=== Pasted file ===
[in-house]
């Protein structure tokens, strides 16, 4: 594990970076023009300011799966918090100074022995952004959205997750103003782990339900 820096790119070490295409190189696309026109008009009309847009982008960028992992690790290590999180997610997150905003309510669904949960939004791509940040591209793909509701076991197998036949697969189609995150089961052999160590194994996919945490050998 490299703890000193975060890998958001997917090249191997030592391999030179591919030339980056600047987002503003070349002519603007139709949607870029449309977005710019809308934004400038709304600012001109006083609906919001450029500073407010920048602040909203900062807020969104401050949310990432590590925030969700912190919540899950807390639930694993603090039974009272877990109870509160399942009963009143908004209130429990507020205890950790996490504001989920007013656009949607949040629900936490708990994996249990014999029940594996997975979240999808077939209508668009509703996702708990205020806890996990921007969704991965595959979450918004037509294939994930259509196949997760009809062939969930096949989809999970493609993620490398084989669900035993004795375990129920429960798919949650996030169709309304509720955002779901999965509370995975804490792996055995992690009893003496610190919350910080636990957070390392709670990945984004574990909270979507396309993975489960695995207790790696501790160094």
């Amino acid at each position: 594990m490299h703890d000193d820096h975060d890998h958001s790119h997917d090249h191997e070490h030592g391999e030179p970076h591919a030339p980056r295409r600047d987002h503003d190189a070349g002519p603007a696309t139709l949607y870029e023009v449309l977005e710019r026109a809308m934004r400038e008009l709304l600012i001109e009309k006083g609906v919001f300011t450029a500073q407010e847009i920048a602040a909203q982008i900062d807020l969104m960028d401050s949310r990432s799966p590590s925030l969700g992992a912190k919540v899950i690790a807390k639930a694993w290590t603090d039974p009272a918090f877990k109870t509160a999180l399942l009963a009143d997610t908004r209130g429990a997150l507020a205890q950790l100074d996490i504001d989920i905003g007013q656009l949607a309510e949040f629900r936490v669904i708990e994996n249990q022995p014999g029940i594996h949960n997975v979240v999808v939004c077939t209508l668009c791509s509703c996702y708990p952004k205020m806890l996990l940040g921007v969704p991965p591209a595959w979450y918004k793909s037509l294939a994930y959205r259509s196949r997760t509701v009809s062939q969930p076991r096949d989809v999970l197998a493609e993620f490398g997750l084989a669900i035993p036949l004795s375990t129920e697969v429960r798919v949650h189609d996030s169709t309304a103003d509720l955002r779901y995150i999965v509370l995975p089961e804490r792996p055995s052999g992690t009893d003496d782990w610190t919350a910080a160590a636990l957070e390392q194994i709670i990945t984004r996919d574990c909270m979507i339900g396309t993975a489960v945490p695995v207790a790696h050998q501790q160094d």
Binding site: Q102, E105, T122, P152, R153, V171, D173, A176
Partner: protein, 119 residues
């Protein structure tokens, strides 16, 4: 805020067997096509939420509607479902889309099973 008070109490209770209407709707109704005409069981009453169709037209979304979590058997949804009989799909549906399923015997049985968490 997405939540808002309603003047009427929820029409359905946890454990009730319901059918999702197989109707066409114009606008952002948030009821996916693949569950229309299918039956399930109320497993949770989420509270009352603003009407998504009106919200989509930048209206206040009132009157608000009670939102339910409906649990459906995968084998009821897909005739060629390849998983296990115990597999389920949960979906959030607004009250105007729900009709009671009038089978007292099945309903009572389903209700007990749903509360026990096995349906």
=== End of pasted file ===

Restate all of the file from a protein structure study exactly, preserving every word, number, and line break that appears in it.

[in-house]
């Protein structure tokens, strides 16, 4: 594990970076023009300011799966918090100074022995952004959205997750103003782990339900 820096790119070490295409190189696309026109008009009309847009982008960028992992690790290590999180997610997150905003309510669904949960939004791509940040591209793909509701076991197998036949697969189609995150089961052999160590194994996919945490050998 490299703890000193975060890998958001997917090249191997030592391999030179591919030339980056600047987002503003070349002519603007139709949607870029449309977005710019809308934004400038709304600012001109006083609906919001450029500073407010920048602040909203900062807020969104401050949310990432590590925030969700912190919540899950807390639930694993603090039974009272877990109870509160399942009963009143908004209130429990507020205890950790996490504001989920007013656009949607949040629900936490708990994996249990014999029940594996997975979240999808077939209508668009509703996702708990205020806890996990921007969704991965595959979450918004037509294939994930259509196949997760009809062939969930096949989809999970493609993620490398084989669900035993004795375990129920429960798919949650996030169709309304509720955002779901999965509370995975804490792996055995992690009893003496610190919350910080636990957070390392709670990945984004574990909270979507396309993975489960695995207790790696501790160094």
């Amino acid at each position: 594990m490299h703890d000193d820096h975060d890998h958001s790119h997917d090249h191997e070490h030592g391999e030179p970076h591919a030339p980056r295409r600047d987002h503003d190189a070349g002519p603007a696309t139709l949607y870029e023009v449309l977005e710019r026109a809308m934004r400038e008009l709304l600012i001109e009309k006083g609906v919001f300011t450029a500073q407010e847009i920048a602040a909203q982008i900062d807020l969104m960028d401050s949310r990432s799966p590590s925030l969700g992992a912190k919540v899950i690790a807390k639930a694993w290590t603090d039974p009272a918090f877990k109870t509160a999180l399942l009963a009143d997610t908004r209130g429990a997150l507020a205890q950790l100074d996490i504001d989920i905003g007013q656009l949607a309510e949040f629900r936490v669904i708990e994996n249990q022995p014999g029940i594996h949960n997975v979240v999808v939004c077939t209508l668009c791509s509703c996702y708990p952004k205020m806890l996990l940040g921007v969704p991965p591209a595959w979450y918004k793909s037509l294939a994930y959205r259509s196949r997760t509701v009809s062939q969930p076991r096949d989809v999970l197998a493609e993620f490398g997750l084989a669900i035993p036949l004795s375990t129920e697969v429960r798919v949650h189609d996030s169709t309304a103003d509720l955002r779901y995150i999965v509370l995975p089961e804490r792996p055995s052999g992690t009893d003496d782990w610190t919350a910080a160590a636990l957070e390392q194994i709670i990945t984004r996919d574990c909270m979507i339900g396309t993975a489960v945490p695995v207790a790696h050998q501790q160094d």
Binding site: Q102, E105, T122, P152, R153, V171, D173, A176
Partner: protein, 119 residues
């Protein structure tokens, strides 16, 4: 805020067997096509939420509607479902889309099973 008070109490209770209407709707109704005409069981009453169709037209979304979590058997949804009989799909549906399923015997049985968490 997405939540808002309603003047009427929820029409359905946890454990009730319901059918999702197989109707066409114009606008952002948030009821996916693949569950229309299918039956399930109320497993949770989420509270009352603003009407998504009106919200989509930048209206206040009132009157608000009670939102339910409906649990459906995968084998009821897909005739060629390849998983296990115990597999389920949960979906959030607004009250105007729900009709009671009038089978007292099945309903009572389903209700007990749903509360026990096995349906």